And when there are twelve months to go before the election, and the Labour Party is seven points behind, there will be a growing clamour for the younger brother to make way for the man whom all will agree should have been king (And I bet you Polly Toynbee leads the charge). He'll demur, of course. And wait.
Neil Kinnock, in the course of effusively praising Ed M's speech:
A trade union delegate leaned over and said: 'Neil, we've got our party back'. I thought that was so accurate as an instantaneous response to the leader's speech.
I suspect that a period of silence on Neil's part might be welcomed by the new leader.
Is there any way Ed Miliband could have dealt with the issue of Iraq in his speech without pissing off the senior members of the last cabinet who were there when the decision was made, including and most conspicuously, his brother?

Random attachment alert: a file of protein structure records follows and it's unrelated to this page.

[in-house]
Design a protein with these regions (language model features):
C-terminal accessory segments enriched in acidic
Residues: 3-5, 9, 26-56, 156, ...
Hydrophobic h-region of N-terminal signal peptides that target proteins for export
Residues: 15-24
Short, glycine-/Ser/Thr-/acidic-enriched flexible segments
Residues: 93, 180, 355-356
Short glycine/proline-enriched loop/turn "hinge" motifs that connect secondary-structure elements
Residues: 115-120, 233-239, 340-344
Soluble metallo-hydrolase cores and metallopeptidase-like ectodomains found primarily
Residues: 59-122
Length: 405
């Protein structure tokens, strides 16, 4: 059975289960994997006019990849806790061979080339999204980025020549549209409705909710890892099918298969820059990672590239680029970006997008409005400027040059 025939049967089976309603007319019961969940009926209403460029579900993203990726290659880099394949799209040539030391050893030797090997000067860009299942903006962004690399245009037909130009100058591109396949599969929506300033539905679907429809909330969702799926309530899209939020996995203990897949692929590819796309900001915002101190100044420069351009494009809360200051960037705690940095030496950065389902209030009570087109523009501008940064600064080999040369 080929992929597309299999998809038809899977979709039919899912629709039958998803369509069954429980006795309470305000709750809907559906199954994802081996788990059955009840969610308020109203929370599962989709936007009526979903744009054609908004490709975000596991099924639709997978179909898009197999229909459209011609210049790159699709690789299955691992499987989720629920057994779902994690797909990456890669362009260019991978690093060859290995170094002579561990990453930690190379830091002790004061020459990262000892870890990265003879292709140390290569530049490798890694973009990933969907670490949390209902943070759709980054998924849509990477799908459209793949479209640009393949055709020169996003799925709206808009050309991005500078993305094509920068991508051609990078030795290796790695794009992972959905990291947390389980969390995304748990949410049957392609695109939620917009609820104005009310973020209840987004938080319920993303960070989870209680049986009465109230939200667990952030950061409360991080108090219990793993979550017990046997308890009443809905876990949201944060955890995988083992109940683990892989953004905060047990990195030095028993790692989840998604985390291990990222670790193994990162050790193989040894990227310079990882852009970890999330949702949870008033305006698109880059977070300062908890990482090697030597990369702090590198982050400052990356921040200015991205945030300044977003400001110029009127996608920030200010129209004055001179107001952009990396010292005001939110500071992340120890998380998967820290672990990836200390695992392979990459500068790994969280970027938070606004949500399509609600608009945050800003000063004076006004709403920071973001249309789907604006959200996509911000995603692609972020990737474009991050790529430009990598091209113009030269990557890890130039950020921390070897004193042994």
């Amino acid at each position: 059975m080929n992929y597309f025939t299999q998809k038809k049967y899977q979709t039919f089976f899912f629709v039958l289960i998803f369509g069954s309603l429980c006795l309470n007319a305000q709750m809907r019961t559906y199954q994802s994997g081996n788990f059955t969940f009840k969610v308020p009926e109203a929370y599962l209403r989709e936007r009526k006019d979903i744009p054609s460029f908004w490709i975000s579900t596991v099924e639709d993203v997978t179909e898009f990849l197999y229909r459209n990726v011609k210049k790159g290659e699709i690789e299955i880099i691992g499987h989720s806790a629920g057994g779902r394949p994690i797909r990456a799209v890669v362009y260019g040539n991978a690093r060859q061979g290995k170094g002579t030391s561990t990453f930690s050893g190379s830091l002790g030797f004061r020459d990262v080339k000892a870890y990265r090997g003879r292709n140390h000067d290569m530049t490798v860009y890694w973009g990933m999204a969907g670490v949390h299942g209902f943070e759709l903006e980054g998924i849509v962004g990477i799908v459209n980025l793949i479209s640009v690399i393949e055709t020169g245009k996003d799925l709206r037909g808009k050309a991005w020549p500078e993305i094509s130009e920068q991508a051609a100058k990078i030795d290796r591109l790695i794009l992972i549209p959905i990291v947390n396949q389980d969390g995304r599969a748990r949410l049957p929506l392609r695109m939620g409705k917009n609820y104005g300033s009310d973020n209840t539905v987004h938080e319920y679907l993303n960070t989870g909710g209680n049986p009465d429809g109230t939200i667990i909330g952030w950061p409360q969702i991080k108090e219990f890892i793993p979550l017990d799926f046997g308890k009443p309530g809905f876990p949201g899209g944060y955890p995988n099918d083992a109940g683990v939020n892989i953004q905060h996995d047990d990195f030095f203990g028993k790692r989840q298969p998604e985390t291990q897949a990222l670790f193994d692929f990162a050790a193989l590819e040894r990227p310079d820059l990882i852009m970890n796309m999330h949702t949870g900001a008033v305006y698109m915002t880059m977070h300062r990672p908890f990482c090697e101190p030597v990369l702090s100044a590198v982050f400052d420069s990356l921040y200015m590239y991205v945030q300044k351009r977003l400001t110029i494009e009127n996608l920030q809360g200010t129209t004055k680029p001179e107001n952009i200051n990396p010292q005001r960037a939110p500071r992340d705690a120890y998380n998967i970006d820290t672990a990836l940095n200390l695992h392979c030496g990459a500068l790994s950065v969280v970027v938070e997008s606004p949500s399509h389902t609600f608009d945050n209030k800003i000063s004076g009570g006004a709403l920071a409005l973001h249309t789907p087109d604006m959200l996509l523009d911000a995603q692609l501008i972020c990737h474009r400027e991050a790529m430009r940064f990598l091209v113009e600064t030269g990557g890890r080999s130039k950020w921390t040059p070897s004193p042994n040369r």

Maybe it was unavoidable. After all, he had to raise the issue and declare it a mistake, just as he'd been arguing during the campaign. He needed to draw a line under the debate, for the party and the country. Indeed, his ability to do so was a central reason for his victory (even it seems disingenuous of him to say he was against it when there's no evidence that he was).
But I think he could have handled it better - he could have showed his colleagues, and supporters of the war generally, a little more respect. He could have said something like:
There is no doubt that we ruptured our relationship with the voters over Iraq. I don't condemn those who made the decision. It was a terrible decision to make. There were, frankly, no easy answers or solutions; those on both sides of the debate had powerful arguments. My judgement was, and continues to be, that it was wrong. However, I respect those who took the opposite view. I know the decision was not taken lightly, and was made in good faith. But wherever you stand on this issue, I think we can all agree it's time to draw a line under it, to move on, and to begin rebuilding some of the trust we have lost.
Or something like that. As it is, it came off as "We all knew it a terrible idea, and those idiots did it anyway." Hence the stony faces in the front rows, and DM's minor apoplexy.